Saving files to the Windows desktop
Many applications produce output in the form of a disk file. This may
be a simple text file listing an audit trail; a Word document as a
personalised letter; or an Excel spreadsheet as an alternative to a
If these files need to be kept for any length of time or if there are
many different types of file then they are best kept in a structure of
separate folders. If however the files are produced rarely and will
be be printed or despatched immediately then the desktop may be the best
place to put them.
This sounds like an unstructured way of working but it does have a number
of advantages - especially for unskilled or occasional users:
The files are obviously 'there' and the user will know that the
application has produced the output.
The user can't lose the files or forget the path to the folder.
Files can't accumulate because the user can see the old files and will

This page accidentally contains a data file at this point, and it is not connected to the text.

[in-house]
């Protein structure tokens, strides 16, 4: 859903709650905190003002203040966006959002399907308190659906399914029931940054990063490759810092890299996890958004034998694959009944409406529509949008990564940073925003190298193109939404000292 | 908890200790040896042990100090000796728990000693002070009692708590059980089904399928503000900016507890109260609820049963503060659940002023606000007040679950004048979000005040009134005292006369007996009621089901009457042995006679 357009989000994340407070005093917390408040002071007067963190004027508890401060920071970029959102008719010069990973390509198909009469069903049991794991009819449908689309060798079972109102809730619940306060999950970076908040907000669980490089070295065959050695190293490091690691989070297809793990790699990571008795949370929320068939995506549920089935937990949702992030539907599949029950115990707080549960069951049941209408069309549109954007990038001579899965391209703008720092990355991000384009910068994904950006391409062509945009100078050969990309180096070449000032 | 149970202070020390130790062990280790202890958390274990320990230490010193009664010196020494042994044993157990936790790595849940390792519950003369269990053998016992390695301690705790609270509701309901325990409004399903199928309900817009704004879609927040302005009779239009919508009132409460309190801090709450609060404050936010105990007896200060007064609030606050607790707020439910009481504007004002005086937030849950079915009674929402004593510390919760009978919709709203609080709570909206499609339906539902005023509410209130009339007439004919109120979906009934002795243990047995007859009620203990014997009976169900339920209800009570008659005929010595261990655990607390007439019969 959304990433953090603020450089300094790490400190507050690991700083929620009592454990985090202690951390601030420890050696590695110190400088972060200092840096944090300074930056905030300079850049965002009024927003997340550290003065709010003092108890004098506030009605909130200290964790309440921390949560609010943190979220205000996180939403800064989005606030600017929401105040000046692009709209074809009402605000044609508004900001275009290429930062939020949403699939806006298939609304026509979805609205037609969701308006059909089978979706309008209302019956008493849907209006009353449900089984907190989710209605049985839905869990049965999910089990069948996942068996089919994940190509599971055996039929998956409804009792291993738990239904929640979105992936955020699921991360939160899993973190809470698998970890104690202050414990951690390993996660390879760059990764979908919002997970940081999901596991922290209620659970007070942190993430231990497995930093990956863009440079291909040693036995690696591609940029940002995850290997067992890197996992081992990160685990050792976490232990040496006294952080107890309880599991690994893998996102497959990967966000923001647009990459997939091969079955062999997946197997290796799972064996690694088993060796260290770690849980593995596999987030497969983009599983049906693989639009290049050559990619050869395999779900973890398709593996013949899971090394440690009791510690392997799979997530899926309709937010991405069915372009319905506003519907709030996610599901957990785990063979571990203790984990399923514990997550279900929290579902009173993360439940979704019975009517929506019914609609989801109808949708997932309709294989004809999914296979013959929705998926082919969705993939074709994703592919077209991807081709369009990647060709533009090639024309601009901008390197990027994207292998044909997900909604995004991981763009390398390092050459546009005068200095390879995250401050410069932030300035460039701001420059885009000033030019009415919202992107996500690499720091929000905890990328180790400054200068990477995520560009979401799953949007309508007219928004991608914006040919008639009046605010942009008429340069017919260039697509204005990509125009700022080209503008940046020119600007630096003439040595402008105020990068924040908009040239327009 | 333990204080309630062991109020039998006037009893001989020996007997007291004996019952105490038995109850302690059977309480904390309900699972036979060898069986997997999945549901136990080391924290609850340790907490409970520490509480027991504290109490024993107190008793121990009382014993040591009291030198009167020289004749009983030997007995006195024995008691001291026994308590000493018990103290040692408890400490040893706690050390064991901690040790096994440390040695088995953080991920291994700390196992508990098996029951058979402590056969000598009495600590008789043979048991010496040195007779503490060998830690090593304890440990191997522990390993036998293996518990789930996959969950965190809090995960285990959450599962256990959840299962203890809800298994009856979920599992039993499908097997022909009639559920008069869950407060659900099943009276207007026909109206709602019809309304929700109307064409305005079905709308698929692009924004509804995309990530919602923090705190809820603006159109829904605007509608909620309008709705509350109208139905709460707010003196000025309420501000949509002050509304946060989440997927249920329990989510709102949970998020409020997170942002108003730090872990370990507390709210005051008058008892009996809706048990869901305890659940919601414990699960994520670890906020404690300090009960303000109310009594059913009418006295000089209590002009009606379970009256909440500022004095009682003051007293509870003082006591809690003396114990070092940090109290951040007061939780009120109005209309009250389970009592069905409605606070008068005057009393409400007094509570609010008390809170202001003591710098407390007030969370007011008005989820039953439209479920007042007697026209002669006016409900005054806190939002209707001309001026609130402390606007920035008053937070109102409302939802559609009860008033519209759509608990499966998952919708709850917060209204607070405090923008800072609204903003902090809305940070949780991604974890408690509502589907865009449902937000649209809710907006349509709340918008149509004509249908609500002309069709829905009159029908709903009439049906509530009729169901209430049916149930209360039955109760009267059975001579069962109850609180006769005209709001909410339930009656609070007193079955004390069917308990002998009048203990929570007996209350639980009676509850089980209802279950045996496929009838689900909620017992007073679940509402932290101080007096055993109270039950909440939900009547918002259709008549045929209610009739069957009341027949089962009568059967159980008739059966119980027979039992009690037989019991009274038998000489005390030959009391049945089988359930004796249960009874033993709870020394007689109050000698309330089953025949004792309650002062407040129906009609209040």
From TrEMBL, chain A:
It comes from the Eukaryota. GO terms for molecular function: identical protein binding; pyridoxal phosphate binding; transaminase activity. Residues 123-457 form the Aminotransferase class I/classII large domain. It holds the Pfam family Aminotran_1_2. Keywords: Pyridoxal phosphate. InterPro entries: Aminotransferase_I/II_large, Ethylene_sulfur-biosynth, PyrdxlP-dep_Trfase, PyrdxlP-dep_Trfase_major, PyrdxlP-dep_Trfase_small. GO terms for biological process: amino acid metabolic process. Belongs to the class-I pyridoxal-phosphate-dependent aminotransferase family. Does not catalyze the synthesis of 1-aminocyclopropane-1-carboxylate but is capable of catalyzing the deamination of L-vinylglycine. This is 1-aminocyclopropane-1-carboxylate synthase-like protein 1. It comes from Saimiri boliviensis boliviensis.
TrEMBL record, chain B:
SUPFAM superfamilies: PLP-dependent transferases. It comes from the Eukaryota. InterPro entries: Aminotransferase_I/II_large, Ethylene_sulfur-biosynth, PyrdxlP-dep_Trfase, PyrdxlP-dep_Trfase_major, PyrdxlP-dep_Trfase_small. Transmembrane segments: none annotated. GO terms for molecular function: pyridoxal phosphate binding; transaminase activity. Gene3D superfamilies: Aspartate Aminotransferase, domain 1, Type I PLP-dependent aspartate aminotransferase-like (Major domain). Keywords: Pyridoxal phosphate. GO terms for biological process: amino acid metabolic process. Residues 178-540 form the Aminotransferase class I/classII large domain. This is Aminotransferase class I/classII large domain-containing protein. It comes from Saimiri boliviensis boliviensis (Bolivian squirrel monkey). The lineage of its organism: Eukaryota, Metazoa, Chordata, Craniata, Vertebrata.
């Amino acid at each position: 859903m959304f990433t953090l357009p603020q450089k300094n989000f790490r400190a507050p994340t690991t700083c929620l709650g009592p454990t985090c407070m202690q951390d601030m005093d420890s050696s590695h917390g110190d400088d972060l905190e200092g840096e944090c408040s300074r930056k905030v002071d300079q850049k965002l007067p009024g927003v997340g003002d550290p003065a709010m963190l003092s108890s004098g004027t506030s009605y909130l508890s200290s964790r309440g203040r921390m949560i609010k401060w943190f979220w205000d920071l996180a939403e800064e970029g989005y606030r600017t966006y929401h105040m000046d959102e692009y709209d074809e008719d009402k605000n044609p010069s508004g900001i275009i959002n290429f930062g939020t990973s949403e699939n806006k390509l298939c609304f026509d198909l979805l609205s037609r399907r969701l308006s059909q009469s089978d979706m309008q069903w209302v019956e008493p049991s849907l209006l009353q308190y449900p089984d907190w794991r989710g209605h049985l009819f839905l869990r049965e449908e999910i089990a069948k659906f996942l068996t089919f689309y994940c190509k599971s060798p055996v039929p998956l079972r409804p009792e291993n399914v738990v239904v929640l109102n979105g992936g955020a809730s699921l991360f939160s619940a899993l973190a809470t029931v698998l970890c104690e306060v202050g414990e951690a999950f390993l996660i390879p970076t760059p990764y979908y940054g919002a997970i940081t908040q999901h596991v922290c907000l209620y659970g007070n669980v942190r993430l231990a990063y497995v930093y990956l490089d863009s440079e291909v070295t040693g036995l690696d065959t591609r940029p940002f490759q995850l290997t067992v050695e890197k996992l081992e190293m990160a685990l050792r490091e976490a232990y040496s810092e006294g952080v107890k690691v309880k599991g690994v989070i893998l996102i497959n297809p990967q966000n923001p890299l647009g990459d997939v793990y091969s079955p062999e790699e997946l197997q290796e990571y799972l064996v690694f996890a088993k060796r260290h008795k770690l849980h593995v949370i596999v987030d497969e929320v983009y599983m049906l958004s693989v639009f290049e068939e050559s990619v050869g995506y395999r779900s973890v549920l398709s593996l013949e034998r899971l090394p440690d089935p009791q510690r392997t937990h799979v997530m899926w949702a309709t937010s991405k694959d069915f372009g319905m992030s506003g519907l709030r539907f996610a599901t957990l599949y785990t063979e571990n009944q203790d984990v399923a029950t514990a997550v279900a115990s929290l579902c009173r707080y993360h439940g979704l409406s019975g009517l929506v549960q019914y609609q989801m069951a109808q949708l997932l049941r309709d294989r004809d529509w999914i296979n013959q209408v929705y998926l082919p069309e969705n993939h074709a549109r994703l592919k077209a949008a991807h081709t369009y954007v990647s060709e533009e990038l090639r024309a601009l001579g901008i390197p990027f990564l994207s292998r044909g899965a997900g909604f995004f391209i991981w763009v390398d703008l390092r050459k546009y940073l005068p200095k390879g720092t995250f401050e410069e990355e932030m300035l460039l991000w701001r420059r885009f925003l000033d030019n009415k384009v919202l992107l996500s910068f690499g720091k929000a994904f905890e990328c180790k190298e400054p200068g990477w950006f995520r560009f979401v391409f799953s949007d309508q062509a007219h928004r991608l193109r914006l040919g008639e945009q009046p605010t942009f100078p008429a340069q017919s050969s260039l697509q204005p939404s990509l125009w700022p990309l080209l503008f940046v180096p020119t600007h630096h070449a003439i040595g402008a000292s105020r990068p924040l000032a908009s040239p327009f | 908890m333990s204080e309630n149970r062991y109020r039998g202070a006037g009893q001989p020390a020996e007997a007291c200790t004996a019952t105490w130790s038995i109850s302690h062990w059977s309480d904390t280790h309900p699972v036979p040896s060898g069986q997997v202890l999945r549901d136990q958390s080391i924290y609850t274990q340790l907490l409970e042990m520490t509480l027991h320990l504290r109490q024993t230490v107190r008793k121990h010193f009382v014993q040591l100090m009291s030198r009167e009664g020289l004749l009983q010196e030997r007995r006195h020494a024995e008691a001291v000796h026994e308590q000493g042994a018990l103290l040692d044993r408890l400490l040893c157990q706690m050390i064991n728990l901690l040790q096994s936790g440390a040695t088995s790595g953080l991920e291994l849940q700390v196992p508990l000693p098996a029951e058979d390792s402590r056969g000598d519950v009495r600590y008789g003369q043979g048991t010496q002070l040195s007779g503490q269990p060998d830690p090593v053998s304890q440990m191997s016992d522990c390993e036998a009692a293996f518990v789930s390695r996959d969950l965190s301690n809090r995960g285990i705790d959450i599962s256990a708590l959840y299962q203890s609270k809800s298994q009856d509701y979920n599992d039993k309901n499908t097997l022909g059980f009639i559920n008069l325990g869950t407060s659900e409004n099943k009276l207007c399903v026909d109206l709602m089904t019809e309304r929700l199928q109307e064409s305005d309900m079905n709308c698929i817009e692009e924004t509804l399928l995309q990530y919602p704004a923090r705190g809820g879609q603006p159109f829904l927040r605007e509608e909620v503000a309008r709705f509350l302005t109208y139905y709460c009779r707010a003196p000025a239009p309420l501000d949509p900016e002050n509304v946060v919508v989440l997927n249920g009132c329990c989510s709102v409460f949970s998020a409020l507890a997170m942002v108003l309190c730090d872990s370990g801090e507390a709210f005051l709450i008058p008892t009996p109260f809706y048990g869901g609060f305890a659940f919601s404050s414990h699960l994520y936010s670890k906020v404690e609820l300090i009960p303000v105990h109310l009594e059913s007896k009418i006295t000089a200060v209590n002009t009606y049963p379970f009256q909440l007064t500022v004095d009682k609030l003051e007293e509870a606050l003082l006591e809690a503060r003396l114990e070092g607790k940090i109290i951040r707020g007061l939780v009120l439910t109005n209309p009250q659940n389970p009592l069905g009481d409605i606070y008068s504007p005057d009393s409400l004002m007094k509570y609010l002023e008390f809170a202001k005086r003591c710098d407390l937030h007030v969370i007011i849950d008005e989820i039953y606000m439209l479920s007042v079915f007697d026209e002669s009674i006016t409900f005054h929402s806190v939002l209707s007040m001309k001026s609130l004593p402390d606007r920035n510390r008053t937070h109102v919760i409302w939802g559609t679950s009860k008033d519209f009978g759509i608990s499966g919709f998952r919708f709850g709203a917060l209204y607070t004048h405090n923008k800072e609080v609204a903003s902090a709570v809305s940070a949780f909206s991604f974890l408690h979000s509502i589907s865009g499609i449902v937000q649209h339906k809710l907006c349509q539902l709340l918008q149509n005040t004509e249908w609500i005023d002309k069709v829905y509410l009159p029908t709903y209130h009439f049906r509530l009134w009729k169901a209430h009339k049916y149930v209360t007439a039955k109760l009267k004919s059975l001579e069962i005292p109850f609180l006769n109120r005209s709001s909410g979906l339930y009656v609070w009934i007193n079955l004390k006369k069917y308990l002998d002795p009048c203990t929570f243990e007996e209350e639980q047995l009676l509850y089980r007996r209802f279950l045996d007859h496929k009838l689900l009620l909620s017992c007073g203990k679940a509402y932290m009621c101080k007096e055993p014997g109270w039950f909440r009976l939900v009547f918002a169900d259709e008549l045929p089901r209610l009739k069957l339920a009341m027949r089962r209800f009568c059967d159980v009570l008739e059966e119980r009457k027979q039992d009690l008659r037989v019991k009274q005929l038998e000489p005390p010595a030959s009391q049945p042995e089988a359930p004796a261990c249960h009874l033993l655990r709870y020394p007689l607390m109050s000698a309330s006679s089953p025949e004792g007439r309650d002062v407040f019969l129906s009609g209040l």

be able to delete them
Where is the desktop?
The desktop is nothing more than a folder. It has different names in
different versions of Windows and there may be several different copies
of it, one for each user. On this machine my desktop is stored as:
c:\Documents and Settings\gfranklin\Desktop
You may be tempted to build this string for yourself but there is no
guarantee that the desktop folder will always have a path of this form.
A safer method is to ask Windows for the path.
Finding the desktop
Use the Windows Scripting Host(WSH) to get this information. The
SpecialFolders method will return the path:
lcDesktop = loShell.SpecialFolders('desktop')
Once you have the path you can very easily write your file to this folder
with the STRTOFILE command:
('Enter a file name')
('Test', lcDeskTop + '\' + lcFileName)
(lcFilename + ' saved to Desktop.')
The MessageBox is just there to reassure the user because the new file
may be hidden on the desktop behind the application that's running.